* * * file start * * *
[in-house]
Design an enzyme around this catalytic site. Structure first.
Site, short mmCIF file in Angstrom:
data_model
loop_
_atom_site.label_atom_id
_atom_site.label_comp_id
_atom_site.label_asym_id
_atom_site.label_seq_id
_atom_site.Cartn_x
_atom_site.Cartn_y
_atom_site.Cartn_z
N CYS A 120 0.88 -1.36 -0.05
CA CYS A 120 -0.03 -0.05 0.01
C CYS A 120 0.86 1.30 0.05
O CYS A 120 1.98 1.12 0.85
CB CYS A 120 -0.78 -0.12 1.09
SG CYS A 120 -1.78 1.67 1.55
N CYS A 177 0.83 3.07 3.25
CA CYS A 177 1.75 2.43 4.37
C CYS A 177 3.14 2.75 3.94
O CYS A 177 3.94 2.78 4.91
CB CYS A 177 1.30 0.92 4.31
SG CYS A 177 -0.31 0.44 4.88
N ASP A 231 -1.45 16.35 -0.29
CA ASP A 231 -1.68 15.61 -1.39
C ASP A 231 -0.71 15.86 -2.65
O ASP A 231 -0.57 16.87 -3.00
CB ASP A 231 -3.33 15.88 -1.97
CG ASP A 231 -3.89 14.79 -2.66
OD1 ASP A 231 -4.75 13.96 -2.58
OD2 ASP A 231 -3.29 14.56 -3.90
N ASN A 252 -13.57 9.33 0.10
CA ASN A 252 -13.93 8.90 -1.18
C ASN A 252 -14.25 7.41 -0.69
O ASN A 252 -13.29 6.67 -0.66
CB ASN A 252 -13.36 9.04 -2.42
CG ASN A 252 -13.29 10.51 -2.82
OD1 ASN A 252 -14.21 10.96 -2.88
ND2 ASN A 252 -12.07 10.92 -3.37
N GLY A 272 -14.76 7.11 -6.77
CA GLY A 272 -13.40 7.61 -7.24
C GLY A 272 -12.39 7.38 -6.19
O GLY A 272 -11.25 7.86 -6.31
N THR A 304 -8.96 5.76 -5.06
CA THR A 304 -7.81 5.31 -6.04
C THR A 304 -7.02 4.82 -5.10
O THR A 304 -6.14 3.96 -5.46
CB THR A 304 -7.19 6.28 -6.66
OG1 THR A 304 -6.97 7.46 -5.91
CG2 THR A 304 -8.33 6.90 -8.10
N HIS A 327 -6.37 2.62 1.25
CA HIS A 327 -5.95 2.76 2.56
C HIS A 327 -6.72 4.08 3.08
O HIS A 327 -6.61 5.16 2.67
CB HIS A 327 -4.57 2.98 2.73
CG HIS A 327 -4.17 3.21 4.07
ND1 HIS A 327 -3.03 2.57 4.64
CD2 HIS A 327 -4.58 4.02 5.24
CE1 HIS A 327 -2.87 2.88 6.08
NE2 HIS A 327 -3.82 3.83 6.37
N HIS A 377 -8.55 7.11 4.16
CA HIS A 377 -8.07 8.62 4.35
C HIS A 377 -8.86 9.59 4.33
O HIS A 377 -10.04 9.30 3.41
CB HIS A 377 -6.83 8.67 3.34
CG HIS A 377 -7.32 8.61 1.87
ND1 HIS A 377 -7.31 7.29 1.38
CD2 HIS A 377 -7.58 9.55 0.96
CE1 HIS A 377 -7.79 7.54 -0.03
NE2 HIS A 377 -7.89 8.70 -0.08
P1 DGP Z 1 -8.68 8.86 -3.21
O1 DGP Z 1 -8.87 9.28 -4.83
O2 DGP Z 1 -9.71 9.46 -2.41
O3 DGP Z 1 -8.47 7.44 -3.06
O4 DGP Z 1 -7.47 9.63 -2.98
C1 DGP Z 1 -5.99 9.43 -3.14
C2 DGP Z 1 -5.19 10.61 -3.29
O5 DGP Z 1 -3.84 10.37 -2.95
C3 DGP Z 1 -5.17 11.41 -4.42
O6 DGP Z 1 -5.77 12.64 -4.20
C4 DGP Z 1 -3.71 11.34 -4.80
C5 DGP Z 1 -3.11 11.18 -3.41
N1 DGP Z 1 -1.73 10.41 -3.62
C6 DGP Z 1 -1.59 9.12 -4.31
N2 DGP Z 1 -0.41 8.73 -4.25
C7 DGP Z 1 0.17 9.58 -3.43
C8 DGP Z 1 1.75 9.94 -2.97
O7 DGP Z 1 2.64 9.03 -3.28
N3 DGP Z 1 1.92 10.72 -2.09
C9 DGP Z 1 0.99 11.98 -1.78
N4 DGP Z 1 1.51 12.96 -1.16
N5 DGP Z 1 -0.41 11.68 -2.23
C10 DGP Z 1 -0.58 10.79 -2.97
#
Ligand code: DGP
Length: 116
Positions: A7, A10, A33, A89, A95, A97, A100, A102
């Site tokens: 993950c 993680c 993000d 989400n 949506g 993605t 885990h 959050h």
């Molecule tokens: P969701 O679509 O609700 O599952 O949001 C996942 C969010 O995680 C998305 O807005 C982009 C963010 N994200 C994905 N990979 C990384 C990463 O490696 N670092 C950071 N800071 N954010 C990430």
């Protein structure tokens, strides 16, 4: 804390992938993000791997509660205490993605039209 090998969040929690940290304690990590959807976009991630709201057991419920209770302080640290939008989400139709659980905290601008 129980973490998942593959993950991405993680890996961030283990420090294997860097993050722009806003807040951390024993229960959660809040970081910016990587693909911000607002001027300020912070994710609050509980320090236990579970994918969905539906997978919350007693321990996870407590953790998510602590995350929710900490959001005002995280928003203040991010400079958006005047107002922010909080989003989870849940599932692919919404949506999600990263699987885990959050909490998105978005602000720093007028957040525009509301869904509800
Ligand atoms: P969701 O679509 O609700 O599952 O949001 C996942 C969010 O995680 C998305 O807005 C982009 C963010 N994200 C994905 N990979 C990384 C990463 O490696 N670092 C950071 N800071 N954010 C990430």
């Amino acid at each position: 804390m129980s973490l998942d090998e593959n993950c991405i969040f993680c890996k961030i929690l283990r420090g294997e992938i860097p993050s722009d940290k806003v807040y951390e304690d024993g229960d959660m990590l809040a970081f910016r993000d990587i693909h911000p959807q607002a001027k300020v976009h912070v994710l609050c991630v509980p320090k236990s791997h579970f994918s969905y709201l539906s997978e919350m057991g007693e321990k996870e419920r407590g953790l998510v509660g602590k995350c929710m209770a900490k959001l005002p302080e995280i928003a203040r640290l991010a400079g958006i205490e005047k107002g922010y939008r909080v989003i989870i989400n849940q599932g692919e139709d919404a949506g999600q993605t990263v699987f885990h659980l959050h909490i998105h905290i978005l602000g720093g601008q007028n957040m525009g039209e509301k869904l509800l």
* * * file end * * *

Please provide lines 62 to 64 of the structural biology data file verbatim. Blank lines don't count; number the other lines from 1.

N HIS A 377 -8.55 7.11 4.16
CA HIS A 377 -8.07 8.62 4.35
C HIS A 377 -8.86 9.59 4.33